Sometimes, the biggest mysteries aren’t just about figuring out who committed the crime. Sometimes, it’s about figuring out how the culprit pulled off the caper in the first place. Like how a three-story multi-ton sculpture was stolen, or how an experimental concept car was taken from a freight train moving at full speed. When the police can’t figure it out, and the insurance company is on the hook for possibly millions of dollars, that’s when they grudgingly call in the rare man who can figure out the impossible… and that’s Banacek.
Insurance investigator Thomas Banacek (George Peppard) was cool, suave, and had a taste for the high life. From his old-style luxury residence in the expensive Beacon Hill district of Boston, he was called upon to solve the most unusual crimes. But his talents came at a price. If he solved the case and recovered the lost merchandise, he would receive 10% of what the insurance payout would have been if the insurance company had been forced to pay for the “lost” item… and since some of the multi-million dollar insured items included jewel-encrusted coaches and ancient Greek treasures, he got a pretty good payday for his work.
Plus expenses, of course. And Banacek had expensive tastes.
His usual method of travel was a 1941 custom Packard, a beautiful and elegant car that showed off not only his expensive taste, but also his desire for style and elegance. He was aided (and occasionally distracted) by the driver of the car, his trusted chauffeur Jay (Ralph Manza), who would always offer up some wild conspiracy theories about how the crime might have been committed. Jay’s ideas were rather preposterous, but sometimes served to help Banacek discover a new clue or angle. And when you’re trying to figure out how a multi-million dollar thoroughbred racehorse disappeared in the middle of a lap around the track, ideas are needed, no matter how outlandish they might be.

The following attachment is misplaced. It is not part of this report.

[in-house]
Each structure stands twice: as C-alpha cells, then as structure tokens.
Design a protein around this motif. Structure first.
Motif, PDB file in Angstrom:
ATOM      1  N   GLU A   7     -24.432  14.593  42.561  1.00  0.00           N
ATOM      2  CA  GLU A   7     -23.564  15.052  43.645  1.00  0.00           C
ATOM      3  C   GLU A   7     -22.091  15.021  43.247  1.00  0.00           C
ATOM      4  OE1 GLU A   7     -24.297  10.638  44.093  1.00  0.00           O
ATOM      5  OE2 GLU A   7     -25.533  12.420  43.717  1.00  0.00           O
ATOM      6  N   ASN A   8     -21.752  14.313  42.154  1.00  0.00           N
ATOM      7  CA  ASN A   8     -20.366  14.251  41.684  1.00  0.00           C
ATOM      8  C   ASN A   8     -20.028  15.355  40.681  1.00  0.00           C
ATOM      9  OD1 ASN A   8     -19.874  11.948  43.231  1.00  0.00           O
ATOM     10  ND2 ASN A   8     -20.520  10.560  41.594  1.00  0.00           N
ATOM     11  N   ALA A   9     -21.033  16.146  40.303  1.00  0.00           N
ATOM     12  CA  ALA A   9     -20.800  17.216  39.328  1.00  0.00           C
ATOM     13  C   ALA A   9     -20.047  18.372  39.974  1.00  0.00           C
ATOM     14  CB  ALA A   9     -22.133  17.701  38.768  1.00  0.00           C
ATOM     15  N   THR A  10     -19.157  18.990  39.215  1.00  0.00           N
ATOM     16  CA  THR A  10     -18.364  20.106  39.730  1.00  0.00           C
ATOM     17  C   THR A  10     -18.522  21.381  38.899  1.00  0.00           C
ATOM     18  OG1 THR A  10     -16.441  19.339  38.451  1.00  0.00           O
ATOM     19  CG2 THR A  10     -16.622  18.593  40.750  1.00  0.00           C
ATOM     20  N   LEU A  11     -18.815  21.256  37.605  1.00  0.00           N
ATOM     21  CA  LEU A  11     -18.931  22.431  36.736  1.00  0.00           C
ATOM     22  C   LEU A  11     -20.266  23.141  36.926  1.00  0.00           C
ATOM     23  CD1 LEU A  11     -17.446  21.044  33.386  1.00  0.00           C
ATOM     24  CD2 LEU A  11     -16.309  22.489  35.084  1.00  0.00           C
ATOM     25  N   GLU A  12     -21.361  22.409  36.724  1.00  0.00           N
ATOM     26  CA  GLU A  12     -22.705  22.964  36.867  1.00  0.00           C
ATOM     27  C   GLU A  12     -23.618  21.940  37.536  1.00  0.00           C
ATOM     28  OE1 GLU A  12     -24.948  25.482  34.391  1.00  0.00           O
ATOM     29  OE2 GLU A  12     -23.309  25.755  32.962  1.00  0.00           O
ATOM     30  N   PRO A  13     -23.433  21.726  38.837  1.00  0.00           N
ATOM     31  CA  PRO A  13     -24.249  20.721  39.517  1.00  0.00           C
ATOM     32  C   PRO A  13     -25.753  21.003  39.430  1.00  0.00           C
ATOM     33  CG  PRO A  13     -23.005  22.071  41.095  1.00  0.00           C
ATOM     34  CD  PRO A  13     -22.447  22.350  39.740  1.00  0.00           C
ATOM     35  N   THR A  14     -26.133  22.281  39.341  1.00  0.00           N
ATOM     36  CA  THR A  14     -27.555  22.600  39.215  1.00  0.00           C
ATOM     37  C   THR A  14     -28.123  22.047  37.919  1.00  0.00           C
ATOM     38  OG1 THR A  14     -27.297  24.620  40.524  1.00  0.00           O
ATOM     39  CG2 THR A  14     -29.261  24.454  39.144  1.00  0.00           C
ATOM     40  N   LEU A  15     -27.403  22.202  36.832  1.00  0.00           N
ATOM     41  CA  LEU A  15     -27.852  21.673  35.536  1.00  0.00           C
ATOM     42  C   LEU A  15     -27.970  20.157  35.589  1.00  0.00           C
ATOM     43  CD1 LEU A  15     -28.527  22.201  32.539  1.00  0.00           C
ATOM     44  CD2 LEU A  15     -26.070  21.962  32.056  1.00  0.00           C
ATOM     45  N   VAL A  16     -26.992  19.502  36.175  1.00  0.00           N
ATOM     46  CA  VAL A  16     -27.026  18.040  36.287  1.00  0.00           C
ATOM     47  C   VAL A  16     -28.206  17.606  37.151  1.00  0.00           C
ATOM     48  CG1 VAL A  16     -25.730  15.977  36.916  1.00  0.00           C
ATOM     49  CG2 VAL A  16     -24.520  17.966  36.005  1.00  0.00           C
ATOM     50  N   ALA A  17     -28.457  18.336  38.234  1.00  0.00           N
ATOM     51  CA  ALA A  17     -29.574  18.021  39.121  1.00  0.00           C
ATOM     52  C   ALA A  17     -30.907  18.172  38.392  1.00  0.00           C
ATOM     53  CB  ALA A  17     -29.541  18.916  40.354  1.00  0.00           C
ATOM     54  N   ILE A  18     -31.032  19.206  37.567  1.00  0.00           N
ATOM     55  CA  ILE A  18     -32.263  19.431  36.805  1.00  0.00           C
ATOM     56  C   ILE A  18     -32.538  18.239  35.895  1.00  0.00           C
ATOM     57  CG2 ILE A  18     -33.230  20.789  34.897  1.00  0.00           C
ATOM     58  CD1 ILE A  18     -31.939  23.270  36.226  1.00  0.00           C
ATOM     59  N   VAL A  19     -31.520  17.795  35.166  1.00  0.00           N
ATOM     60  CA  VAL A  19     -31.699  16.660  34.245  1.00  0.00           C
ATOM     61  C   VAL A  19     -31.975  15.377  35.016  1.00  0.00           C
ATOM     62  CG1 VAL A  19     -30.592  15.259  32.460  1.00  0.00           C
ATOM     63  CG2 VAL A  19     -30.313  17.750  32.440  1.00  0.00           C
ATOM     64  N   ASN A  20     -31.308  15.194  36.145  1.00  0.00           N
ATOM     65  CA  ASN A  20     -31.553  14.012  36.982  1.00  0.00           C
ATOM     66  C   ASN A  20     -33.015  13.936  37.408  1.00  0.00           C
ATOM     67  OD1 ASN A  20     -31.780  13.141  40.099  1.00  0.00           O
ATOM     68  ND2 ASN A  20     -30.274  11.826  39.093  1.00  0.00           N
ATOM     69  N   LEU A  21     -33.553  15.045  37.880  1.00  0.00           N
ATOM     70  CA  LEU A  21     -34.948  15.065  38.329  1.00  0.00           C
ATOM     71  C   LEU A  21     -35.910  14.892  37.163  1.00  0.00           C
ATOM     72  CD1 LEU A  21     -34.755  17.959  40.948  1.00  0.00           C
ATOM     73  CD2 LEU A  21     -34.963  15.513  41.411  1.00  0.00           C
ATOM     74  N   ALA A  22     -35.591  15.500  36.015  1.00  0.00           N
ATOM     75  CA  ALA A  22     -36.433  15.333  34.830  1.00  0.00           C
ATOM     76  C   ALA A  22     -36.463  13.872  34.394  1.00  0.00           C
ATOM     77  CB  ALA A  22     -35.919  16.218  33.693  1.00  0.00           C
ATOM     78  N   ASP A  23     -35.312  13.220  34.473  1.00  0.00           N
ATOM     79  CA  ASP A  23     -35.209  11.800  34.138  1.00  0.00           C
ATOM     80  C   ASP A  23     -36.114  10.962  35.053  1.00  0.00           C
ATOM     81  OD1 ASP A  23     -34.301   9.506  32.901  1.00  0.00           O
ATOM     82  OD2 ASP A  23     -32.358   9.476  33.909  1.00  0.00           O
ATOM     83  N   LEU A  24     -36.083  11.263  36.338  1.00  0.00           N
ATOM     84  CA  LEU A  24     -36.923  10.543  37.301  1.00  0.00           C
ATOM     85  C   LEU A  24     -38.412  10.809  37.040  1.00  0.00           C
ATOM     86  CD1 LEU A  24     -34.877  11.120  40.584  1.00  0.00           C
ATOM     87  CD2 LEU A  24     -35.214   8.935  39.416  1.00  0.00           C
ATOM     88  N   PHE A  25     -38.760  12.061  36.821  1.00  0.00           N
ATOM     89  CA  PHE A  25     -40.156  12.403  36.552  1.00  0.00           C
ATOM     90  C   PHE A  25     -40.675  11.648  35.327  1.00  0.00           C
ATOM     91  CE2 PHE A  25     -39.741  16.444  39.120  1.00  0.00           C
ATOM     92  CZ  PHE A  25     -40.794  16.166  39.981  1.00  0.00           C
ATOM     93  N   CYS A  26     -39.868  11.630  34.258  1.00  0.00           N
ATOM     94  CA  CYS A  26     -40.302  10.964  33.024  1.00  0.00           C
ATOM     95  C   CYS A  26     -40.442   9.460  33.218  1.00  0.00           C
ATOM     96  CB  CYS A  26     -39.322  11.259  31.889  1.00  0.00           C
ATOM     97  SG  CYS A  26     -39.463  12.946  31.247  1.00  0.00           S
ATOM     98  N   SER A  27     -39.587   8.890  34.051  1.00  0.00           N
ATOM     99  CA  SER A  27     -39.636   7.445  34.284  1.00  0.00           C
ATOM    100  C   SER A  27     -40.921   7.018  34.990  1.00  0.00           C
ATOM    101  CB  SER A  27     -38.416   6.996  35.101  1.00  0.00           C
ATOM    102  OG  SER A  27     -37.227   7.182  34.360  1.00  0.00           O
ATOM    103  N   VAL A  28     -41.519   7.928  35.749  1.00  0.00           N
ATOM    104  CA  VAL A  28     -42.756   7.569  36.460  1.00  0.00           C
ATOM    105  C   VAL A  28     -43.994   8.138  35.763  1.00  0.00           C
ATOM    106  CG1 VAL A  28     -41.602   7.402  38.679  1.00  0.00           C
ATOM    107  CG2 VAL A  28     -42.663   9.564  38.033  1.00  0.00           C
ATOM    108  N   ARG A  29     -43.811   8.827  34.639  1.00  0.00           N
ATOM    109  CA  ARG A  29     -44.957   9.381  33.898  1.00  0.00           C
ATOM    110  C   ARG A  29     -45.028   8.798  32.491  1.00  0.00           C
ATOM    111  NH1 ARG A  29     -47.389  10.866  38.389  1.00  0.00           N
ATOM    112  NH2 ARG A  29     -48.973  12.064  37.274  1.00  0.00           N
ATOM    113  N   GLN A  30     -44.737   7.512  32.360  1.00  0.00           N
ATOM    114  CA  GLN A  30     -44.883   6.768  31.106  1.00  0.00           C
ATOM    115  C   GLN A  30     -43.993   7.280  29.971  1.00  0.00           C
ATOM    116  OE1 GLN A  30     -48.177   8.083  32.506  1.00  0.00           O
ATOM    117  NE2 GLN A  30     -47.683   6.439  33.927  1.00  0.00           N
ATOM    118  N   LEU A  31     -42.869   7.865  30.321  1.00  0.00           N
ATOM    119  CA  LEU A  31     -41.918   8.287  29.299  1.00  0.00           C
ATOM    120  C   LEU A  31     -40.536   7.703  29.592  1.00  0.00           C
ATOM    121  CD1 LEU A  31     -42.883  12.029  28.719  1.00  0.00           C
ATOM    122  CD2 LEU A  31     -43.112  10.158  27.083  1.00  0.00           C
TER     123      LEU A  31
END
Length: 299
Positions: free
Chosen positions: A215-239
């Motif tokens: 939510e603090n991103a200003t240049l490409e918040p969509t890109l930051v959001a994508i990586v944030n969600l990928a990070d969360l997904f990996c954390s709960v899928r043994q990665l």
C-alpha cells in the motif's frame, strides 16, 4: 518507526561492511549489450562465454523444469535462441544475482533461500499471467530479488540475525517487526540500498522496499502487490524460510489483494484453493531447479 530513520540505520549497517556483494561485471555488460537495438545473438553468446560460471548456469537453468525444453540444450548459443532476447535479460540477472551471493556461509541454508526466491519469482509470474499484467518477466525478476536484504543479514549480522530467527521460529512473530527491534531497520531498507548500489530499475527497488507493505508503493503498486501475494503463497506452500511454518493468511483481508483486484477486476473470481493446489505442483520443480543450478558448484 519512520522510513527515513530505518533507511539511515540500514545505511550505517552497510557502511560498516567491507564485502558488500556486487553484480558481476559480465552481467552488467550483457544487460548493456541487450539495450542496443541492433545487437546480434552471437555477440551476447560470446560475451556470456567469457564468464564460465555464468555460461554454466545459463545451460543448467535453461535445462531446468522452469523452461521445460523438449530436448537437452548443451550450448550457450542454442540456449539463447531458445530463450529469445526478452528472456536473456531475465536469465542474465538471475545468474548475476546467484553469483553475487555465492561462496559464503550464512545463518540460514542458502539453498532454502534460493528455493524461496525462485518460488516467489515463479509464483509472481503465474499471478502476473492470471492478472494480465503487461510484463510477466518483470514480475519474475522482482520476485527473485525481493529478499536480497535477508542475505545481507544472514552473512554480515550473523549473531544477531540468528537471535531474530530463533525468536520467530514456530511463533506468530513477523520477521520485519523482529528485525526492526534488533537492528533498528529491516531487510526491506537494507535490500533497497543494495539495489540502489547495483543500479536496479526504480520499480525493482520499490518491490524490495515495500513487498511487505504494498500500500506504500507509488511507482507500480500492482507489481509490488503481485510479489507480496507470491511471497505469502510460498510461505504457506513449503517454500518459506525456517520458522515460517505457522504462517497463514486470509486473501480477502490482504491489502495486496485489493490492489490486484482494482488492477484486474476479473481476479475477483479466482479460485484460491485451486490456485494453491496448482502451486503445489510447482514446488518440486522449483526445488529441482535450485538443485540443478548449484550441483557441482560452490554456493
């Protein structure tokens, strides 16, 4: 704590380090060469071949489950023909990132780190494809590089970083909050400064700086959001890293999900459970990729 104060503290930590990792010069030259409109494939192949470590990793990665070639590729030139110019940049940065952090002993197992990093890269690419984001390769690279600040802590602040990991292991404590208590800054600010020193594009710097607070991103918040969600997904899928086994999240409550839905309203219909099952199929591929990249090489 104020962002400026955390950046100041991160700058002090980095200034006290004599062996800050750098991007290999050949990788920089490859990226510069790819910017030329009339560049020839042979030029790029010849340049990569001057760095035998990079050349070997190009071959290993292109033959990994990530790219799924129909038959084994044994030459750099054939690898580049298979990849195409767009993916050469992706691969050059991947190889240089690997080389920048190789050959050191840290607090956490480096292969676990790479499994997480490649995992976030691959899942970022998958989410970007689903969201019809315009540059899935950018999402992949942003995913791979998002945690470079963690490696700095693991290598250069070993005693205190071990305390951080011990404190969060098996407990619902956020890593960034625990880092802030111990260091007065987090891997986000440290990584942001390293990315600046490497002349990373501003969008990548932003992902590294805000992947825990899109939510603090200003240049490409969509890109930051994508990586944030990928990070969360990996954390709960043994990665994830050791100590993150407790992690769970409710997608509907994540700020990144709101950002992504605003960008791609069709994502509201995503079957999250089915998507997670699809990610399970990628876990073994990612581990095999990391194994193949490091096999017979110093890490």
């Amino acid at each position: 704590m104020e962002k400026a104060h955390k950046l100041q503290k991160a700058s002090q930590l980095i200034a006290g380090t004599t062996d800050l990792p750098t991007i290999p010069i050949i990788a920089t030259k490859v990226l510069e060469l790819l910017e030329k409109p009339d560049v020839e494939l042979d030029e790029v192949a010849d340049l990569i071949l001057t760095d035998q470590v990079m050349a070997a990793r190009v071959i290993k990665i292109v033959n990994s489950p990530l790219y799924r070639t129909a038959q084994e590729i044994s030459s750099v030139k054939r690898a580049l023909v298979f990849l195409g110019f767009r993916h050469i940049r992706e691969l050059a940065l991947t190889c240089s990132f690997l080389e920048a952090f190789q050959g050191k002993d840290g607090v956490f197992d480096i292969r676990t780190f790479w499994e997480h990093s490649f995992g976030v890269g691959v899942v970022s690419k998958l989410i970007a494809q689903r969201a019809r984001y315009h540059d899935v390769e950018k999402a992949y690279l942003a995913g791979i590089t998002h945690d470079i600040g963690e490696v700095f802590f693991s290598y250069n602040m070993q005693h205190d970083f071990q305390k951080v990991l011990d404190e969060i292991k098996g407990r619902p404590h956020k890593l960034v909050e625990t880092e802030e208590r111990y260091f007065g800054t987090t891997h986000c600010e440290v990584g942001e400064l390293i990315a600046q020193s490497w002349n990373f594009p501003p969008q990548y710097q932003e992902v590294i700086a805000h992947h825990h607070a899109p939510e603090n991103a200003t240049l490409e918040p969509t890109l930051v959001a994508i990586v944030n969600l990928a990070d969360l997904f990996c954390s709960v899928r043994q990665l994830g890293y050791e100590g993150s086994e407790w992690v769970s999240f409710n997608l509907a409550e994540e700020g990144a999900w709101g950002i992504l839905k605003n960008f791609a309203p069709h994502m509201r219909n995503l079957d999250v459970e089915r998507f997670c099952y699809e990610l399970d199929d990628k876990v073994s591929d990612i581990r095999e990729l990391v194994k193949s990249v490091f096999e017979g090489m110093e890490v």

His other source for ideas (likely more intelligent ones) was Felix Mullholland (Murray Matheson), a dealer in rare and antique books. He not only shared Banacek’s love for the finer things, he was also an expert in art and history, and able to fill what few holes might exist in Banacek’s knowledge. Felix also served as a bit of a mentor to Banacek, and there are hints in the series that the hero of our show hadn’t always been as smooth and elegant as he presently appeared. It was likely Felix who helped Banacek eliminate the rough edges of his youth (as he’s the only one allowed to call him “Thomas”).